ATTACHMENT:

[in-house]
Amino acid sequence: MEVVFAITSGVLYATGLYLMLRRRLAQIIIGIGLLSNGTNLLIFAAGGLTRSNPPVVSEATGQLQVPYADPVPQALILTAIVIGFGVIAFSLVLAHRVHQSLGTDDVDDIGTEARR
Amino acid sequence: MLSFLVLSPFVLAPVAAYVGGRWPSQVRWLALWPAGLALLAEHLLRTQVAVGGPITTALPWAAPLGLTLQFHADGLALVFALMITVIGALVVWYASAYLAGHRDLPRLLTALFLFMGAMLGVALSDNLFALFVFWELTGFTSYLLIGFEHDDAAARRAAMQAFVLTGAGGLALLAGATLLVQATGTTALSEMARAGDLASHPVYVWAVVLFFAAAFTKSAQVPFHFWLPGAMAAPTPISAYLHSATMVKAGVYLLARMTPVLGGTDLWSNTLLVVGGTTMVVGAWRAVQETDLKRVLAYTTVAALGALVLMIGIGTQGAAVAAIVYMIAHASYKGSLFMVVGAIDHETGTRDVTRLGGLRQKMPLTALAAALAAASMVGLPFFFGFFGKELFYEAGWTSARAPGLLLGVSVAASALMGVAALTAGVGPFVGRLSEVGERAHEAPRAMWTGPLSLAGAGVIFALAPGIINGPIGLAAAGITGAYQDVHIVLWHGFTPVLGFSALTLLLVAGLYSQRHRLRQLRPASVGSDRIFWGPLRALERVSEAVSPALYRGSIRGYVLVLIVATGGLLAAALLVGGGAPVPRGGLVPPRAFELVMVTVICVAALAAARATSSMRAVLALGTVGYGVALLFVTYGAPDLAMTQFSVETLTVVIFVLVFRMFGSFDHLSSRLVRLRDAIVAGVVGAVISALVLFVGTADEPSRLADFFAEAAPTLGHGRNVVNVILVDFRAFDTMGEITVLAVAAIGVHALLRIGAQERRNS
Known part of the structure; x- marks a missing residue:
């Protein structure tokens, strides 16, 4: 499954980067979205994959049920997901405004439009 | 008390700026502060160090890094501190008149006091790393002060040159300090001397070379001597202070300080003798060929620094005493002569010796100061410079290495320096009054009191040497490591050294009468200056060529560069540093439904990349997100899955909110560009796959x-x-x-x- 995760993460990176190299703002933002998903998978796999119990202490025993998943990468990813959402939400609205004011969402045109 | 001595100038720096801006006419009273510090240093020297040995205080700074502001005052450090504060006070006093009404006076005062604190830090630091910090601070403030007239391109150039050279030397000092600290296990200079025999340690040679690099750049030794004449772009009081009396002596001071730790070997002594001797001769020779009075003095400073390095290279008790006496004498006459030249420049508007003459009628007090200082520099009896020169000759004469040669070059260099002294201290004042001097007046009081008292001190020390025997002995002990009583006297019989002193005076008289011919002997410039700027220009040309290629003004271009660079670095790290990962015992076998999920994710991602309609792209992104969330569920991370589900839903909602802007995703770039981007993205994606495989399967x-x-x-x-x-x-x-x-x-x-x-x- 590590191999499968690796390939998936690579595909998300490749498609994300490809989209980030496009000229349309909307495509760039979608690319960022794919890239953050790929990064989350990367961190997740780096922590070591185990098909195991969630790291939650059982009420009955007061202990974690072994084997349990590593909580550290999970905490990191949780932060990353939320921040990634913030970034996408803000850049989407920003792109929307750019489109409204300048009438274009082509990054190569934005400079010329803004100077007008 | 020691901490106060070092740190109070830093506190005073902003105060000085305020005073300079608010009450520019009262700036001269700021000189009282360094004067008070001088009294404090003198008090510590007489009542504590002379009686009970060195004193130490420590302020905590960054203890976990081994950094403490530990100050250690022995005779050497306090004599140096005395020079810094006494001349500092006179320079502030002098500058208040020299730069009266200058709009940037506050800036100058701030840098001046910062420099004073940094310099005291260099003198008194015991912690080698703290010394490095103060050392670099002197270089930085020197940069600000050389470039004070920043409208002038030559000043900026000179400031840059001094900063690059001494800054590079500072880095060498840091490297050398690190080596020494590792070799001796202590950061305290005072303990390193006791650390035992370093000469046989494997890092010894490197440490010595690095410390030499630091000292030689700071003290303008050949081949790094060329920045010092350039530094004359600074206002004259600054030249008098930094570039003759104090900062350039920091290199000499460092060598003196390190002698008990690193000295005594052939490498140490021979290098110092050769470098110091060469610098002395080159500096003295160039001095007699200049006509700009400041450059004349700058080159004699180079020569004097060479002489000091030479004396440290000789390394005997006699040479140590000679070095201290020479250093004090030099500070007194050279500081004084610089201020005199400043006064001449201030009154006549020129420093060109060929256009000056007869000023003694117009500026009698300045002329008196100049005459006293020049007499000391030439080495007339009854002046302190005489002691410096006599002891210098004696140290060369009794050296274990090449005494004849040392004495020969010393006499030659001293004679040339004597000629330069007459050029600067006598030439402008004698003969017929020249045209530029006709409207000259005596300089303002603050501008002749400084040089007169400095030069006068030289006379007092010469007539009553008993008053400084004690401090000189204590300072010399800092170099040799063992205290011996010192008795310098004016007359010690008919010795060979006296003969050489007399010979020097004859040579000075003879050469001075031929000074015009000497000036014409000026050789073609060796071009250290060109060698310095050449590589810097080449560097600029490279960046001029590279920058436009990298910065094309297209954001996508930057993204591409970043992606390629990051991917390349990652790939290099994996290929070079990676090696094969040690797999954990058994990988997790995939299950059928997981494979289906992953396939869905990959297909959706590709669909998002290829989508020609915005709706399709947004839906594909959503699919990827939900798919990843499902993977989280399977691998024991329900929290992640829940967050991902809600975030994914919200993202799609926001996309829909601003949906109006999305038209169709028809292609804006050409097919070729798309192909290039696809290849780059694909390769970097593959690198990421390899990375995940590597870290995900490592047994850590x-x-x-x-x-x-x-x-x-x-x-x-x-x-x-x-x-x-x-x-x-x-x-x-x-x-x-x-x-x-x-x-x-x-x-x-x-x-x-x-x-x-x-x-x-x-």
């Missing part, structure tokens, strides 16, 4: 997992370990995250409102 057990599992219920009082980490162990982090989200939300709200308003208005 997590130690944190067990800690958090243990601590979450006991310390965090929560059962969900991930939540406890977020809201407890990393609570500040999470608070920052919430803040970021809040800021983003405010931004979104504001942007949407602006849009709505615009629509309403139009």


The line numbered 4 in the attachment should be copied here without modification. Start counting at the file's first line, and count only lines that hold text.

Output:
Known part of the structure; x- marks a missing residue: